Father’s Day in Japan
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We've all been guilty of forgetting to celebrate Father’s Day at one point or another. I certainly have, especially when I was a kid. I clearly remember being 7, and spending 2 weeks on a little handmade gift and a card for my mother, but the next month, I was slapping together paper and glitter at the last minute in the hopes my father wouldn’t notice I had forgotten about him.
Somehow, it doesn’t carry the same weight that Mother’s Day does, especially here in Japan.
But whether we like it or not, celebration or not, Father’s Day is now part of the Japanese culture and is therefore worth us talking about it — even though one may argue that it’s more commercially so than anything else.
Father’s Day arrived in Japan well after the 1980’s, even though it was first celebrated in 1910 in America by the Central Methodists Episcopal Church. It was the brainchild of a woman named Sonora Smart Dodd from Arkansas, who went on to become the mother of Father’s Day.
Dodd was one of six siblings born into the Smart family, all of whom her father, civil war veteran William Jackson Smart, raised on his own.
In 1909, after hearing a sermon about Mother’s Day, Dodd thought it not right to go without thanking the male parents in our lives as well. Dodd asked her pastor to do something similar in honor of fathers everywhere and initially suggested June 5, her own father’s birthday. But due to unforeseen circumstances, the pastor gave the sermon on the third Sunday of June. Hence the modern date to celebrate Father’s Day today. This year, Japan celebrates it on Sunday, June 19.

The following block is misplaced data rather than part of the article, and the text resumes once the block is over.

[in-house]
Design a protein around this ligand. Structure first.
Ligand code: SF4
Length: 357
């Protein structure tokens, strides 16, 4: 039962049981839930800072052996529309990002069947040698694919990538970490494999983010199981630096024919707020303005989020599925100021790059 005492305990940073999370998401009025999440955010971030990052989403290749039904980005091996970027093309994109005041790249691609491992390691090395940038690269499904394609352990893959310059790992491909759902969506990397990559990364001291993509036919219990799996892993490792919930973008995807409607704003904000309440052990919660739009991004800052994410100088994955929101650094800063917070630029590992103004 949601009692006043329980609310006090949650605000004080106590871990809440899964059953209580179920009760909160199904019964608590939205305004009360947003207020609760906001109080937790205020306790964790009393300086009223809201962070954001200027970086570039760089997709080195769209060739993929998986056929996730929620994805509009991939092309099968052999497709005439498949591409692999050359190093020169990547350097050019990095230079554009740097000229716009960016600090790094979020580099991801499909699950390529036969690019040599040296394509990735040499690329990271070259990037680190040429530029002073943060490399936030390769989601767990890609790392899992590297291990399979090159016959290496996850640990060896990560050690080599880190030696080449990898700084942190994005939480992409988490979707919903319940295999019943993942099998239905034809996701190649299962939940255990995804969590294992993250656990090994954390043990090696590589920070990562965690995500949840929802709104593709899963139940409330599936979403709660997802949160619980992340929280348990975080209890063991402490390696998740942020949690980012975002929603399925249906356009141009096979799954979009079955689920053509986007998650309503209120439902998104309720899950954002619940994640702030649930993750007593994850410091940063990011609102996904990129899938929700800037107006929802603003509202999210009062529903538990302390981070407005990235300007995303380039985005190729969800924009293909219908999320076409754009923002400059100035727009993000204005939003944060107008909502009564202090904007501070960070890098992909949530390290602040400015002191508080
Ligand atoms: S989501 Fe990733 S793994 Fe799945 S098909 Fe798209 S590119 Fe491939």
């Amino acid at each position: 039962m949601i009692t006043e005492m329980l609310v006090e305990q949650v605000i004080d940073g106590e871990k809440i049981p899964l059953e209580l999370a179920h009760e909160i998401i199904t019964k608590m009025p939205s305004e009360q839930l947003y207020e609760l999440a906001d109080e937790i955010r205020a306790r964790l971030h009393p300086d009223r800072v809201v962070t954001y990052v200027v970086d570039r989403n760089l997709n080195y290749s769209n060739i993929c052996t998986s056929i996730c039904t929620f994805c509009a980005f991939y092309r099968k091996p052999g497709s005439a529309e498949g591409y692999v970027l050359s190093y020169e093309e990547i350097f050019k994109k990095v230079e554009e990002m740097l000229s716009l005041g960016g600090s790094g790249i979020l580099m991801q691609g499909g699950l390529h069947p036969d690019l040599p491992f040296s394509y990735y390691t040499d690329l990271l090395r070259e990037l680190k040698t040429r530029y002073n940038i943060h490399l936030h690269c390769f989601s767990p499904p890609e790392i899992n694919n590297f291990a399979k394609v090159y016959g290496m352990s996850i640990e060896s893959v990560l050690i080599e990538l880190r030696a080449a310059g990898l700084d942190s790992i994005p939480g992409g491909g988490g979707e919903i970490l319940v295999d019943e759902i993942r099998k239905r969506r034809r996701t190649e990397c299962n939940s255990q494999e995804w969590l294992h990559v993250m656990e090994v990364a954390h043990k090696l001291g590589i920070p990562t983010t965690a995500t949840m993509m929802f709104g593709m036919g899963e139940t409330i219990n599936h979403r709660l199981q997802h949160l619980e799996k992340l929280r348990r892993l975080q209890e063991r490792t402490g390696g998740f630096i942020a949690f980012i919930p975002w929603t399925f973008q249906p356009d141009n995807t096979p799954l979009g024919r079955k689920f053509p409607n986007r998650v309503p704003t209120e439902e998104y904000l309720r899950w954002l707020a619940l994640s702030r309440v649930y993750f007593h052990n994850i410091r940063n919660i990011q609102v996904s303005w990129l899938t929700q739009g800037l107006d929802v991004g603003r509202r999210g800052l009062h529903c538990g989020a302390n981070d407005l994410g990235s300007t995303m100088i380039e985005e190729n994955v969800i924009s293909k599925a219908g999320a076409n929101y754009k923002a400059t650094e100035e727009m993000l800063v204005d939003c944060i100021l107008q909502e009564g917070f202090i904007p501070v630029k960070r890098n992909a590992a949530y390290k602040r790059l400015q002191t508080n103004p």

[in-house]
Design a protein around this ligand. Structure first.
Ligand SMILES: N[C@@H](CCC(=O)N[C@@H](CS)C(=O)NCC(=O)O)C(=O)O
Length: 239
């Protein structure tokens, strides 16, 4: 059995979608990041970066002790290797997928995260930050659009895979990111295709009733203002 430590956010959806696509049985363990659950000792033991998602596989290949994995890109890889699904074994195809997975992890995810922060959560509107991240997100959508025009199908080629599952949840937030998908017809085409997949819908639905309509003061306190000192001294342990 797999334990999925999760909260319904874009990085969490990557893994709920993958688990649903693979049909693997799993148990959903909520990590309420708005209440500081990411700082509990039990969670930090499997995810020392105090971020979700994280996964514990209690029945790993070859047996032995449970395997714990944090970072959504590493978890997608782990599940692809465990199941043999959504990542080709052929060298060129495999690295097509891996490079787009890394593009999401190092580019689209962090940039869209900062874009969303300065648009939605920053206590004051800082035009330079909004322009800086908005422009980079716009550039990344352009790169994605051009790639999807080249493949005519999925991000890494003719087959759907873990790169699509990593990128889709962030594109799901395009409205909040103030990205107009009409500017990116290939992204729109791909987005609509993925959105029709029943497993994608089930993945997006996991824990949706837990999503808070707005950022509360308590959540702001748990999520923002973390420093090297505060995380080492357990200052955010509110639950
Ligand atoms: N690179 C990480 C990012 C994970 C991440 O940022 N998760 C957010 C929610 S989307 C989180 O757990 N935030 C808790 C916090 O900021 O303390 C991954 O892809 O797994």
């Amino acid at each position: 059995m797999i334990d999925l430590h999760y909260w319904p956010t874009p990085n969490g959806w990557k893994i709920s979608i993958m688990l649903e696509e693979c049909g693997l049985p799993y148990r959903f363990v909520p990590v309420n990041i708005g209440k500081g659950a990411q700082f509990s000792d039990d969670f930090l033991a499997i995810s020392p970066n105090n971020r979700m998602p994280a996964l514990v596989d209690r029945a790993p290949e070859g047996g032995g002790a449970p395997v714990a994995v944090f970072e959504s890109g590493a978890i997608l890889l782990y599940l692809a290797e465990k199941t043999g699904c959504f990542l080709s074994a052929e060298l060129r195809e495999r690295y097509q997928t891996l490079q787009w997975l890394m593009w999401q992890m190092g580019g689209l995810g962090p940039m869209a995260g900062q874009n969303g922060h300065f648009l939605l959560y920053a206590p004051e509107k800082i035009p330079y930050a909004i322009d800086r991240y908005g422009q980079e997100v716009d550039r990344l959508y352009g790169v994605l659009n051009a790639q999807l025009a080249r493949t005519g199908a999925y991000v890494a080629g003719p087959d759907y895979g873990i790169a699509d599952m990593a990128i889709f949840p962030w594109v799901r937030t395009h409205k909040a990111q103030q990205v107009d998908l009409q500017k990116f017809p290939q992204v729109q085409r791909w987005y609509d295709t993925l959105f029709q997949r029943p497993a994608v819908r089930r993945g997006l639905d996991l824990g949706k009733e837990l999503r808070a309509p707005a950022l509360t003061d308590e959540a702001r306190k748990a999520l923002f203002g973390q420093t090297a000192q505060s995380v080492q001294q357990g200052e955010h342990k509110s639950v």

Father’s Day arrived on these shores in full swing, with the modern “money-making” scheme trailing close behind it. As you can imagine, it took Japan by storm, with children and their mothers taking hard-earned cash to buy something special for their breadwinner — assuming he wanted something other than that money in the bank. Men are difficult to shop for.
According to Japanese website Iroiro WeBNote, there is often a large gap between what the children think their fathers want and what the fathers actually want. There were a dozen or more things listed on the survey chart, but the one that stood out to me was – cards! Yes, handmade cards! The fathers of Japan actually want simple things that can’t be bought with cash: the scribbles “papa arigato” (thank you, daddy) on scraps of paper. Other “most wanted” on Japan’s dads list included food, liquor (yes, it’s all about the beer), clothes, followed by cash or vouchers. Surprisingly, the following data from Iroiro Webnote shows a certain discrepancy between what father want and what their kids think they want:
Gourmet foods: (kid gives) 25.9 percent vs. (dad wants) 23.2 percent
Alcohol: (KG) 22.8 percent vs. (DW) 14.8
Clothes/fashion: (KG) 22.6 percent vs. (DW) 12.1
Cash/cash vouchers: (KG) 6.7 percent vs. (DW) 7.9
Necktie: (KG) 2.8 percent vs. (DW) 6.8
Sports related goods: (KG) 2.6 percent vs. (DW) 4.9
Wallet: (KG) 1.7 percent vs. (DW) 4.6
Handkerchief: (KG) 1.4 percent vs. (DW) 3.0
Letters/cards: (KG) 0.9 percent vs. (DW) 10.5
Watches: (KG) 0.7 percent vs. (DW) 2.4
Miscellaneous: (KG) 11.9 percent vs. (DW) 9.6
So, do you know what your father wants for this year’s Father’s Day? Good luck with shopping for that perfect present!